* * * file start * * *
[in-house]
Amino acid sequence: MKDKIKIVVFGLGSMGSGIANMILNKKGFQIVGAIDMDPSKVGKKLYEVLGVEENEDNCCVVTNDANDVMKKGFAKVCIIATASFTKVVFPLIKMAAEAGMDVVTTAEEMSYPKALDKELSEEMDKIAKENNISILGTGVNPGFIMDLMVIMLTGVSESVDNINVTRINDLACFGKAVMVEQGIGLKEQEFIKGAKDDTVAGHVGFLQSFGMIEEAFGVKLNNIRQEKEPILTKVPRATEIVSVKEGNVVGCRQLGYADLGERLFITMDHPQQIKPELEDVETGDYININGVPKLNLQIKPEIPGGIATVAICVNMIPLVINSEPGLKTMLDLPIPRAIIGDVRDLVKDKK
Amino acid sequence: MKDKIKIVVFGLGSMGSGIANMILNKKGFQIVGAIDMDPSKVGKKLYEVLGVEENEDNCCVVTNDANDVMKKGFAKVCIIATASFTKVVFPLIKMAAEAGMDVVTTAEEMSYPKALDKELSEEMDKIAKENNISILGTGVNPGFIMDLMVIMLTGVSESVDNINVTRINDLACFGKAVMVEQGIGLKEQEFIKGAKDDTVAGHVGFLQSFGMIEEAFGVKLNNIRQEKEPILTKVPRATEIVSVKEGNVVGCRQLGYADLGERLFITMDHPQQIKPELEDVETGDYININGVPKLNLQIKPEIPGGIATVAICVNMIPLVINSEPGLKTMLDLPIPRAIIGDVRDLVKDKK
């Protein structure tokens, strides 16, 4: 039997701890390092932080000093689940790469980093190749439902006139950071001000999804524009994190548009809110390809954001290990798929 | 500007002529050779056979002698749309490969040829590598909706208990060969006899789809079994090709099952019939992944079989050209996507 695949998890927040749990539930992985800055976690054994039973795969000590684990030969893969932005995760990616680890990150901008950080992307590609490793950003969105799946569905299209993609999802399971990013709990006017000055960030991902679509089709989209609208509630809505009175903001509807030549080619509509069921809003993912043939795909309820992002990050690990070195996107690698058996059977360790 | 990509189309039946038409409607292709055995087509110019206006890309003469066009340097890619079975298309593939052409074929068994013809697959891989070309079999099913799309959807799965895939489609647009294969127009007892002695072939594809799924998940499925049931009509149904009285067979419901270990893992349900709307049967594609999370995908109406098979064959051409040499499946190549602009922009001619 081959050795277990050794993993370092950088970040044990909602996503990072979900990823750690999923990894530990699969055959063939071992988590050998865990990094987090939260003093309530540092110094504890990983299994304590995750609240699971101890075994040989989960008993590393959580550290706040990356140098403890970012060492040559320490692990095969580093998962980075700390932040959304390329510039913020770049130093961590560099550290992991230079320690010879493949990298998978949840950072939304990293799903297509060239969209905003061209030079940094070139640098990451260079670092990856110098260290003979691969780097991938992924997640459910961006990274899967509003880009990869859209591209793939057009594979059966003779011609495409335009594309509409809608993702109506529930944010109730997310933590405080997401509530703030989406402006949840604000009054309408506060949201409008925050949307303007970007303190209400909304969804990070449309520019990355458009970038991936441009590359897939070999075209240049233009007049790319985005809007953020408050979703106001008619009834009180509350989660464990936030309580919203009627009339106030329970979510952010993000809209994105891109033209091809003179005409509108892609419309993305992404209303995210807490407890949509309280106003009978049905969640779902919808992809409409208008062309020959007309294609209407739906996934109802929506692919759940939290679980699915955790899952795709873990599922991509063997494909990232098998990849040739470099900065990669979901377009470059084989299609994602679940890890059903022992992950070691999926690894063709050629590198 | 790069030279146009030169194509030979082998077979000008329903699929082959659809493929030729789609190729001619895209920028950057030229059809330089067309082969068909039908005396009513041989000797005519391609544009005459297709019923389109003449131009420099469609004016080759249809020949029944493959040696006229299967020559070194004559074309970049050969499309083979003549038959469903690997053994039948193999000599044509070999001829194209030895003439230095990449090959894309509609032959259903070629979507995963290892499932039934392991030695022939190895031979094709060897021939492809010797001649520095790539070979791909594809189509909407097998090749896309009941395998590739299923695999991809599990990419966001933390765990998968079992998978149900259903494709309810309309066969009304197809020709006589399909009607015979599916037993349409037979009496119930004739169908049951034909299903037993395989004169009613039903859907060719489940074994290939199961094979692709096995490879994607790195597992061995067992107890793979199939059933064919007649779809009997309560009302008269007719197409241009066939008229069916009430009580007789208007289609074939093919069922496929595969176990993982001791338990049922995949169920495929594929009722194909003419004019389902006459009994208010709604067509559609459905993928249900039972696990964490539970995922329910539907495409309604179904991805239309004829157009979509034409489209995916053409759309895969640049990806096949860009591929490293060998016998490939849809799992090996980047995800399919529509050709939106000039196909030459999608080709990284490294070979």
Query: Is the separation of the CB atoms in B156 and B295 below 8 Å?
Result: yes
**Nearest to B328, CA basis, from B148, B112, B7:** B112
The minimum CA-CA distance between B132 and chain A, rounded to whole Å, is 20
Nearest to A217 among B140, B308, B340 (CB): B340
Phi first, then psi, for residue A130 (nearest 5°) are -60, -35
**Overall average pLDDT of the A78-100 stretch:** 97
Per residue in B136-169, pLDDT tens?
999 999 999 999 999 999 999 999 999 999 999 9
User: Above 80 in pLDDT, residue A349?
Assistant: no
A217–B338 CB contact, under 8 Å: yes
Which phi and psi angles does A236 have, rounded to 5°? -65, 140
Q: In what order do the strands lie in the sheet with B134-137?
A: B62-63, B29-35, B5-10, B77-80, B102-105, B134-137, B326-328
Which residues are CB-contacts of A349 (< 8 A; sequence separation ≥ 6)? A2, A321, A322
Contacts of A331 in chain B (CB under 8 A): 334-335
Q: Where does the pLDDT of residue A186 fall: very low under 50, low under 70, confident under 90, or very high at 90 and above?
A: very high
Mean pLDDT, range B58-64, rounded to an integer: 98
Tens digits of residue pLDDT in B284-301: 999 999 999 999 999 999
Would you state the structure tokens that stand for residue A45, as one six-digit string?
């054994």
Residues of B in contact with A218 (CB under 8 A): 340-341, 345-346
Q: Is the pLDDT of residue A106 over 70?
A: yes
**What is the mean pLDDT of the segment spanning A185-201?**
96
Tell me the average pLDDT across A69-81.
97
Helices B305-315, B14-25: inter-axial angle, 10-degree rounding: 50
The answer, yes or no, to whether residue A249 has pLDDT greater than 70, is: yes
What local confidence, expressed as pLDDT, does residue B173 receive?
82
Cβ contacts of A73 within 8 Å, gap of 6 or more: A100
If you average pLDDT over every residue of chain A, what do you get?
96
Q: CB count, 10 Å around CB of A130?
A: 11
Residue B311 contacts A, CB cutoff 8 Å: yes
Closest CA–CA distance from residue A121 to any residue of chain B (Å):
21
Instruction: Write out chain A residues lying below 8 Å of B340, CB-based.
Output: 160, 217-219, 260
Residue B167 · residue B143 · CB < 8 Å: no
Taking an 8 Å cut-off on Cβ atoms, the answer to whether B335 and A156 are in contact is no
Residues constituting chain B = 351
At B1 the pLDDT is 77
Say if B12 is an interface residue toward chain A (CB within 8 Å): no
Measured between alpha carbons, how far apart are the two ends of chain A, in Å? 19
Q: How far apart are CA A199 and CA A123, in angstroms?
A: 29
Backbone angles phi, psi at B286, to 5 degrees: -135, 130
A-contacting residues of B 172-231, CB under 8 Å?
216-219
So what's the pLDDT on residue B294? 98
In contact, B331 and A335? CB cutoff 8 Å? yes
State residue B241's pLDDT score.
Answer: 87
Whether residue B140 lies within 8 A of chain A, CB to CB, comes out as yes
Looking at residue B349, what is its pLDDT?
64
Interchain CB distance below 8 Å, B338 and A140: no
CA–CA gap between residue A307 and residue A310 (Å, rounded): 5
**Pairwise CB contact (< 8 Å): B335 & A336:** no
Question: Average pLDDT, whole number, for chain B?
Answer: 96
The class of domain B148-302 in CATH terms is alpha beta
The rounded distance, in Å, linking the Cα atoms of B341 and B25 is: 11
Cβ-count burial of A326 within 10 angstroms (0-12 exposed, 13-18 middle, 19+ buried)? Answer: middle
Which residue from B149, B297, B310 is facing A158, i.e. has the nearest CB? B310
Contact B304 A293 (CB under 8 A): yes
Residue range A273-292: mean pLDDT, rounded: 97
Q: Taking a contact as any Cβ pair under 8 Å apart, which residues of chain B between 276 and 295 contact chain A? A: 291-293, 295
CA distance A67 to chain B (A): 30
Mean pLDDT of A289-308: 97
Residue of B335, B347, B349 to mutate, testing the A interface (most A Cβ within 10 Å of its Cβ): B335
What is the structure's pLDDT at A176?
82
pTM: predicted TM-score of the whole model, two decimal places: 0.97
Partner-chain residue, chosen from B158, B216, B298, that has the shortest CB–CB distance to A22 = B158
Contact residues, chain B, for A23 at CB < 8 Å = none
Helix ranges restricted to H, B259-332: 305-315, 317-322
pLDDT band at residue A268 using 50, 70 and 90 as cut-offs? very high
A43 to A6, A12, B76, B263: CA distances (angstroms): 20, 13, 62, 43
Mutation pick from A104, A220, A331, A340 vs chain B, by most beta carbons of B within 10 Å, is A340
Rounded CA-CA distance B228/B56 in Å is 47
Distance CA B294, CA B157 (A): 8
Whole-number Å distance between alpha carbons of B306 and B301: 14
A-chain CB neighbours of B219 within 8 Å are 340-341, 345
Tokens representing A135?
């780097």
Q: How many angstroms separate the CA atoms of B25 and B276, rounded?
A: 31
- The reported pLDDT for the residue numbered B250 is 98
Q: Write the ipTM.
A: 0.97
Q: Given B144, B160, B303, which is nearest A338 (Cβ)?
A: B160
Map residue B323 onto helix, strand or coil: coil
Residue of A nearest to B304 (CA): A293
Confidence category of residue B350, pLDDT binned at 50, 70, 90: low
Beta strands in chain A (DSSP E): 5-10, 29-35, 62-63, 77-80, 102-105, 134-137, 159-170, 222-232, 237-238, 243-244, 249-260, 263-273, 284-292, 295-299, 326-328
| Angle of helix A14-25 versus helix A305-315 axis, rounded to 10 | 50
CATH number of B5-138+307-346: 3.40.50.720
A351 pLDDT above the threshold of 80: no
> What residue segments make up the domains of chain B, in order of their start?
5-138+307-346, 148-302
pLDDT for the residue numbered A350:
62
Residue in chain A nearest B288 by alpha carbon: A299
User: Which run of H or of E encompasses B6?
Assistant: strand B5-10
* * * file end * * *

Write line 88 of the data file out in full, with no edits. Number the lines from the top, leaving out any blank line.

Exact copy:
pLDDT band at residue A268 using 50, 70 and 90 as cut-offs? very high